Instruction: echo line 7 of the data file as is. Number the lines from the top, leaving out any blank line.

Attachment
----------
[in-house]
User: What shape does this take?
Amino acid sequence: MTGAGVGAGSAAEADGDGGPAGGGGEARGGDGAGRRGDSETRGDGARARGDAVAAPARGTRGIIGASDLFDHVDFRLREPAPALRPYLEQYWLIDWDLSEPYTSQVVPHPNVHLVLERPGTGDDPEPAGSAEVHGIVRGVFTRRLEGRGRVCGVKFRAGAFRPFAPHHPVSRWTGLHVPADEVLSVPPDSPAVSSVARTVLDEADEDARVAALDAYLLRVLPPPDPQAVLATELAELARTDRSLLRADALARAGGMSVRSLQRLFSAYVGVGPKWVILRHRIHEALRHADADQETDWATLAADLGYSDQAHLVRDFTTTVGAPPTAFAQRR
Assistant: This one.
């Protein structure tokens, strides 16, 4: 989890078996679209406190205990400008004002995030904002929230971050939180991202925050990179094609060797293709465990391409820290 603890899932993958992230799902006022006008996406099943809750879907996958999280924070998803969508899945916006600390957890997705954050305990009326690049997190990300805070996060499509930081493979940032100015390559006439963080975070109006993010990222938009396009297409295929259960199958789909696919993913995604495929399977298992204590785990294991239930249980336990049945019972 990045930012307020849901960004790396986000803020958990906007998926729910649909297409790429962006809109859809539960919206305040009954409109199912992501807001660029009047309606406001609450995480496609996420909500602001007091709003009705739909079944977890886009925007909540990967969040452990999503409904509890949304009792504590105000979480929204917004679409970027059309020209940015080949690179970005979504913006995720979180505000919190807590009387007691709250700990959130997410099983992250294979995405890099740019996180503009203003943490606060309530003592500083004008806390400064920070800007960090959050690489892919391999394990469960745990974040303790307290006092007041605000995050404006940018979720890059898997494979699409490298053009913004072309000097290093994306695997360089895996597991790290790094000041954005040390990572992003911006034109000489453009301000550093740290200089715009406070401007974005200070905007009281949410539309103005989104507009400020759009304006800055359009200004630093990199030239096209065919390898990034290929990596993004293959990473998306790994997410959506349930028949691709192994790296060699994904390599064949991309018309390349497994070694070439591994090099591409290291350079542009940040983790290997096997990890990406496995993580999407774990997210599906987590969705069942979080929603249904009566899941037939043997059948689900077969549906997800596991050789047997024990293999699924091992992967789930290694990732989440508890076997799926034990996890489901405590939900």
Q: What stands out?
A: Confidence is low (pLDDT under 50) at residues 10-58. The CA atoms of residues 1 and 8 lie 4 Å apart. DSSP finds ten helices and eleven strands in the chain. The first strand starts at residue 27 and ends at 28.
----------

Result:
A: Confidence is low (pLDDT under 50) at residues 10-58. The CA atoms of residues 1 and 8 lie 4 Å apart. DSSP finds ten helices and eleven strands in the chain. The first strand starts at residue 27 and ends at 28.